Aliccia Bollig-Fischer

Aliccia Bollig-Fischer

Aliccia Bollig-Fischer

Position Title

Assistant Professor
Basic Science

Office Location

C.S. Mott Center
275 E. Hancock
Detroit, 48201

Office Phone

313-577-8671

Education Training

Education
(2003)  PhD, Human Physiology and Molecular Biology, Department of Physiology, Michigan State University, East Lansing, MI
(1995)  BS Biology and BA Chemistry, Departments of Biology and Chemistry, St. Cloud State University, St. Cloud, MN

Postgraduate Training
(2008-2011)  Research Associate, National Oncogenomics and Molecular Imaging Center, Karmanos Cancer Institute, Detroit, MI
(2004-2007)  Post-doctoral fellow, Department of Pathology, Wayne State University, Detroit, MI

Professional Experience

Faculty Appointments
(2012-Present)  Karmanos Cancer Institute Molecular Therapeutics Program Member
(2011-Present)  Assistant Professor, Department of Oncology, Wayne State University School of Medicine, Detroit, MI

Hospital or Other Professional Appointments
(2011-Present)  Karmanos Cancer Institute Genomics Core, Clinical Consultant and Associate Director
(2011-Present)  Director, Karmanos Cancer Institute shRNA library shared resource 

Major Professional Societies

(2013-Present)  International Standards for Cytogenomic Arrays Consortium, Member
(2012-Present)  Cancer Cytogenomics Microarray Consortium, Member
(2012-Present)  American Association for Cancer Research, Full Member
(1995-Present)  Phi Lambda Upsilon National Honorary Chemical Society, Invited Member
(2007-2012)  American Association for Cancer Research, Associate member

Honors and Awards

(1996)  Michigan State University College of Natural Sciences Fellowship 

Courses taught

CB 7240: Cancer Chemotherapy
CB 7300 F31- Special Topics in Cancer Biology - Grant Writing
CB 7990: Technologies in Cancer Research
BMS 7880: Special Projects in Medical Science

Research Interests

Mapping oncogenes and oncogenic signaling networks to advance cancer therapeutics

Great inroads have been made in recent decades to treat cancer, particularly surrounding targeted treatments that offer the advantages of greater efficacy and reduced side effects over conventional chemotherapy. However, the prevalence of de novo and developed resistance to current therapies is evidence of a lack of understanding of the mechanisms driving cancer. My laboratory works to improve understanding of cancer mechanisms using integrated approaches and multiple platforms to explore the molecular make-up of cancers. Methods of molecular biology, functional genomics and innovative bioinformatics are employed in my laboratory to study oncogene activation, signal transduction and gene expression features important to cancer that may be exploited as biomarkers or used in developing new targeted therapies against cancer. Furthermore, my laboratory has broad experience in cell culture methods and cell line maintenance; and in functional studies that employ techniques to engineer gene knock-down or overexpression to study the consequences of aberrant gene expression or mutation on cancer phenotypes. All of my laboratories research efforts are designed to meet the objective to improve and expand options for molecularly targeted cancer therapies and discover reliable biomarkers of efficacy. Recent work has led to innovative studies and results surrounding the role of signaling impacted by reactive oxygen species and 5-hydroxymethyl-cytosine in promoting breast cancer. My laboratory is contiguous with the Karmanos Cancer Institute Genomics Core Facility where I am Associate Director, and where state-of-the-art technologies for functional genomic, epigenomic and transcriptome research are maintained.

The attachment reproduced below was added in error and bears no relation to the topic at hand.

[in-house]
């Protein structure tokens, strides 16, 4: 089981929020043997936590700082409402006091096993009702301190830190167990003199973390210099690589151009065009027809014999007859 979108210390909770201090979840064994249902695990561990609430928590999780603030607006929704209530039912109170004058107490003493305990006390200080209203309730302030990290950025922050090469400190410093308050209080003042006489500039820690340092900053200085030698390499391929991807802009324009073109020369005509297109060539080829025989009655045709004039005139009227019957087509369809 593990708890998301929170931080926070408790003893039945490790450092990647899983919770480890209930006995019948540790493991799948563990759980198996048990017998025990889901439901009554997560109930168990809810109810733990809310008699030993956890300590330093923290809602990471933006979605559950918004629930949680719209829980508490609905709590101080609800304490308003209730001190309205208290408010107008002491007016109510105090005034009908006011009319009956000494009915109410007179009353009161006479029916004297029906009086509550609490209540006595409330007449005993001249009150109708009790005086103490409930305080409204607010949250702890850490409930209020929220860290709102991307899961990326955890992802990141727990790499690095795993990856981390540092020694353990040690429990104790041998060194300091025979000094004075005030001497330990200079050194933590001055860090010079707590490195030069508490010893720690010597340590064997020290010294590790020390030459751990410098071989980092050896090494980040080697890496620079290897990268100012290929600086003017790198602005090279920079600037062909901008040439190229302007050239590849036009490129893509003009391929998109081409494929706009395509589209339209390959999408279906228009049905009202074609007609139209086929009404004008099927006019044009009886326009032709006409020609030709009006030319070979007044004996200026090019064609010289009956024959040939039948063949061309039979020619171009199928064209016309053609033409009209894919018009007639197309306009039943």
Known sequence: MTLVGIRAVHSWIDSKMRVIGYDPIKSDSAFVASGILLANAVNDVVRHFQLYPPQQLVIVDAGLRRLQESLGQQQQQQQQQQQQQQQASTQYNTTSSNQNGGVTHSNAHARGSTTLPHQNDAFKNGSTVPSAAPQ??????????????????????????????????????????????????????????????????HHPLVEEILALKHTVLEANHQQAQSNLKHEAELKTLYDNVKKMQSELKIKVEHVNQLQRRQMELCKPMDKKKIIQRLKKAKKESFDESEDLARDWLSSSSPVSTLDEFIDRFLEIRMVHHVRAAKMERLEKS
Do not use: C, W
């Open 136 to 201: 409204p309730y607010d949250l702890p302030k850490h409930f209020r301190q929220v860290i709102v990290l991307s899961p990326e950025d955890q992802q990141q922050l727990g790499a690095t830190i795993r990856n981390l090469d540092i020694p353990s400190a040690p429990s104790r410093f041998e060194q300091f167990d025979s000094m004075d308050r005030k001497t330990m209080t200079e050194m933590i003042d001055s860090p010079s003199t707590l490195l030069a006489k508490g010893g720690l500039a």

Publications

 

  1. Bollig-Fischer A, Marchetti L, Mitrea C, Wu J, Kruger A, Manca V, Draghici S.Modeling time-dependent transcription effects of HER2 oncogene and discovery of a role for E2F2 in breast cancer cell-matrix adhesion. Bioinformatics, in press June 2014.
  2. Powell IJ, Bollig-Fischer A. Minireview: the molecular and genomic basis for prostate cancer health disparities. Mol Endocrinol. 2013 Jun;27(6):879-91. doi: 10.1210/me.2013-1039. Epub 2013 Apr 22.
  3.  Powell IJ, Dyson G, Land S, Ruterbusch J, Bock CH, Lenk S, Herawi M, Everson R, Giroux CN, Schwartz AG, Bollig-Fischer, A. Genes associated with prostate cancer are differentially expressed in African American and European American men. Cancer Epidemiology Biomarkers & Prevention, 22(5), 891-897, 2013. Article was highlighted  on the cover of the journal
  4.    Bollig-Fischer A, Dewey TG, Ethier SP. Oncogene activation induces metabolic transformation resulting in insulin-independence in human breast cancer cells. PLoS One 6(3):e17959, 2011.
  5.    Bollig-Fischer A, Dziubinski M, Boyer A, Haddad R, Giroux CN, Ethier SP. HER-2 signaling, acquisition of growth factor independence, and regulation of biological networks associated with cell transformation. Cancer Res. 70:7862-7873, 2010.  
Article was recommended by the Faculty of 1000.
 
 

Faculty Status

Basic Science

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